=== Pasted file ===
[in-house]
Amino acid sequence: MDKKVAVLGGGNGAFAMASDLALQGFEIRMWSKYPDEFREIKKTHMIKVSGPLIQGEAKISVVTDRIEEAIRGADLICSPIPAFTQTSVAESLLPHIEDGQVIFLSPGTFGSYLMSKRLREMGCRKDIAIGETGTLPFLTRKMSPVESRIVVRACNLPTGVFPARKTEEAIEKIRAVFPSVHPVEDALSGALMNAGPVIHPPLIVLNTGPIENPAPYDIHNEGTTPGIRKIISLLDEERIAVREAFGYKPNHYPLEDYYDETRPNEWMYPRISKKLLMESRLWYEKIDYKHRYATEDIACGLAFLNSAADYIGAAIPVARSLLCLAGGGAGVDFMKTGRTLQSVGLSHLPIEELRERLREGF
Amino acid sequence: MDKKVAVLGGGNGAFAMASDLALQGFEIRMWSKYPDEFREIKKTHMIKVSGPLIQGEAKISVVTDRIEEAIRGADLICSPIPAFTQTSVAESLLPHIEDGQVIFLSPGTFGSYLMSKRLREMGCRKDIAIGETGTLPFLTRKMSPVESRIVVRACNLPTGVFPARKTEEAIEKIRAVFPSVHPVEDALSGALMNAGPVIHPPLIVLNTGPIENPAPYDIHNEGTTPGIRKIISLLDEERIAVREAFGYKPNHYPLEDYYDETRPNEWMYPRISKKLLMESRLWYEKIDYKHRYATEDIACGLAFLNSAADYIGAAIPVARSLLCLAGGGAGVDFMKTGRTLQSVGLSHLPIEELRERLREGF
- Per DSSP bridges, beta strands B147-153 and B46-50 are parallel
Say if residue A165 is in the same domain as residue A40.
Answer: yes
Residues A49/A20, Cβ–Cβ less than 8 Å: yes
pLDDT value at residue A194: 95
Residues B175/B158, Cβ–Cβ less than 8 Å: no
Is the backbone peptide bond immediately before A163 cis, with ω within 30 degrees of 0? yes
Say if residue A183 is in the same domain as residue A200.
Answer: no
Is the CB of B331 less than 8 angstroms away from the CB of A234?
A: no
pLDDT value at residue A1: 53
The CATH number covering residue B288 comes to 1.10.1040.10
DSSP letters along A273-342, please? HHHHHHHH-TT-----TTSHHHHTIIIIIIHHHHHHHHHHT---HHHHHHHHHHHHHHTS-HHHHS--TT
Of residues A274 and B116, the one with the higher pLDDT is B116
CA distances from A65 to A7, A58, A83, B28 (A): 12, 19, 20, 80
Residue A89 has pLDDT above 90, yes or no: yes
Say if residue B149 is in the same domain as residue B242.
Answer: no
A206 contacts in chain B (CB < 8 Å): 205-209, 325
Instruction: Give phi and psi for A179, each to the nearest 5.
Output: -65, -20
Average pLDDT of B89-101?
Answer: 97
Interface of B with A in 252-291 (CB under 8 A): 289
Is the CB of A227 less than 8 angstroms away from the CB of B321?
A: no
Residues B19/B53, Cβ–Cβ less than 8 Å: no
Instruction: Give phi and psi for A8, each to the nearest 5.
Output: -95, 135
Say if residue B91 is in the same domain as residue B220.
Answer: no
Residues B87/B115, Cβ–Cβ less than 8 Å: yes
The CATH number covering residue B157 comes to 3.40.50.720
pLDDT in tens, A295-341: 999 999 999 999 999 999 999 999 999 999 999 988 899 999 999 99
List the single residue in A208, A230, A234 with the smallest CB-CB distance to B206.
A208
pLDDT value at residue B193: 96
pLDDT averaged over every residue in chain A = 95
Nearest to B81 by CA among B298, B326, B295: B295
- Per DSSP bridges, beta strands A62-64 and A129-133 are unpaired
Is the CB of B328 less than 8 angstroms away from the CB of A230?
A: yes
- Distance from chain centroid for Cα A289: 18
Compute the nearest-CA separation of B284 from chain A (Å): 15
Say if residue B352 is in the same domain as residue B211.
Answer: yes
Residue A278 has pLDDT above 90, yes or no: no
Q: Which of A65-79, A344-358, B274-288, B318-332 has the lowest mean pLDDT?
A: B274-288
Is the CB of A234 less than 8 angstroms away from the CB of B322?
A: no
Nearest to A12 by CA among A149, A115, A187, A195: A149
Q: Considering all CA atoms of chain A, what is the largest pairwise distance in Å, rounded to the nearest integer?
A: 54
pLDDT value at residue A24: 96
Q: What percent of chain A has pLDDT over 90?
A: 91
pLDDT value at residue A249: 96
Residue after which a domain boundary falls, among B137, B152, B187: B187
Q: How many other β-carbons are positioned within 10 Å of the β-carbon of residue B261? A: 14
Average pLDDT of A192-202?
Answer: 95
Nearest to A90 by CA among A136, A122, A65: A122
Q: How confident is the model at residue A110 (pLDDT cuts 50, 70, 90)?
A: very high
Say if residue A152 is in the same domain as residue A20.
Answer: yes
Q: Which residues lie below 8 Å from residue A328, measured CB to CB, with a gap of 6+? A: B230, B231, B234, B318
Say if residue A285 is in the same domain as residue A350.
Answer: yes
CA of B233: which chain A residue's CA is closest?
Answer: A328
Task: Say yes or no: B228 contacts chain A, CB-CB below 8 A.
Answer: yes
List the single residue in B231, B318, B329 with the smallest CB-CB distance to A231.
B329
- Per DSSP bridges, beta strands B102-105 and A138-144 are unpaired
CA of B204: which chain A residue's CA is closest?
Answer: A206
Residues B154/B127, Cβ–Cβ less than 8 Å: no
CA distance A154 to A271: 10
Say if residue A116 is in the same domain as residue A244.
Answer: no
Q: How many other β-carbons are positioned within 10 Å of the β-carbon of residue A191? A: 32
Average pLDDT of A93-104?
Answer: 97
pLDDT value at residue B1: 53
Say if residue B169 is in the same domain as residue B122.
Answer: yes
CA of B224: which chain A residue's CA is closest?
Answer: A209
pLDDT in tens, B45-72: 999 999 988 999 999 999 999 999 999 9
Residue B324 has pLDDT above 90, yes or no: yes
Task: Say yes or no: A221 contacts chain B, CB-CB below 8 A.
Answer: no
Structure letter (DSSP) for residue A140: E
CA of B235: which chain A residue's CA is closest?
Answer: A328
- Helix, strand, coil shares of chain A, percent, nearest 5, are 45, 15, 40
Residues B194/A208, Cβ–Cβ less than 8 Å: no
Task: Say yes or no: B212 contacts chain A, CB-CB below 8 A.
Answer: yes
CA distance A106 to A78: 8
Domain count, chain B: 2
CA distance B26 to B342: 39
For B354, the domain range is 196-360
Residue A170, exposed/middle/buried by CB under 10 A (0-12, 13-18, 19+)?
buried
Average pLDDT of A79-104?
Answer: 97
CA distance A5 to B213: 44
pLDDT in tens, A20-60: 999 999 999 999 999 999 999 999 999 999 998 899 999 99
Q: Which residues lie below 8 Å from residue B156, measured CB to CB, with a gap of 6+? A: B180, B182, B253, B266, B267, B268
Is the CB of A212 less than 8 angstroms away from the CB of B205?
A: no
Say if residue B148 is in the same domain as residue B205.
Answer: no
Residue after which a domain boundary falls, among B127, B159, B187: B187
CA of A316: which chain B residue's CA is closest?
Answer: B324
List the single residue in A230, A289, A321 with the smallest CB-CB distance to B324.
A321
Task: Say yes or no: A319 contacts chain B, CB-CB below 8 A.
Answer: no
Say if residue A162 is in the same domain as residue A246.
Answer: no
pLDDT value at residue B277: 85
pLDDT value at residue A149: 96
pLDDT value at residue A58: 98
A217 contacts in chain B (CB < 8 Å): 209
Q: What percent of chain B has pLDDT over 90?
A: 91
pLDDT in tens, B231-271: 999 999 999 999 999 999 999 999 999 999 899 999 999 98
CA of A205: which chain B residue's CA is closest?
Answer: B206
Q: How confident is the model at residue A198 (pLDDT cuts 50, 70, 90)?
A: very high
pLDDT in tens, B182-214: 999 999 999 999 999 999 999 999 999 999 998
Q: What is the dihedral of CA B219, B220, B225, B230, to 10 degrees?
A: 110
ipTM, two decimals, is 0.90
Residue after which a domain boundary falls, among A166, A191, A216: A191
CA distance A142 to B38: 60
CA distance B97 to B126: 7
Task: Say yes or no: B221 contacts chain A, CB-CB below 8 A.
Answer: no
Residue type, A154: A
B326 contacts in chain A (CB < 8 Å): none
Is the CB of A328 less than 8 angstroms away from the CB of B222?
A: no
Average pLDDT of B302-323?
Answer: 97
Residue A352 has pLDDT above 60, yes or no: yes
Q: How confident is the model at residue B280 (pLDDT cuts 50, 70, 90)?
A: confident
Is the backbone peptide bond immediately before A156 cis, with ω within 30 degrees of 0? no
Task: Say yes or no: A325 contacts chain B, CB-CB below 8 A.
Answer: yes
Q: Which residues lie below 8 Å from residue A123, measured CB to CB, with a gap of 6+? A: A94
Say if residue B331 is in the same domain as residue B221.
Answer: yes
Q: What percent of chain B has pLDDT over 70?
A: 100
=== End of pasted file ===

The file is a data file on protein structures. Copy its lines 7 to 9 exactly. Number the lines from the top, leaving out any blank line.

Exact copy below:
Residues A49/A20, Cβ–Cβ less than 8 Å: yes
pLDDT value at residue A194: 95
Residues B175/B158, Cβ–Cβ less than 8 Å: no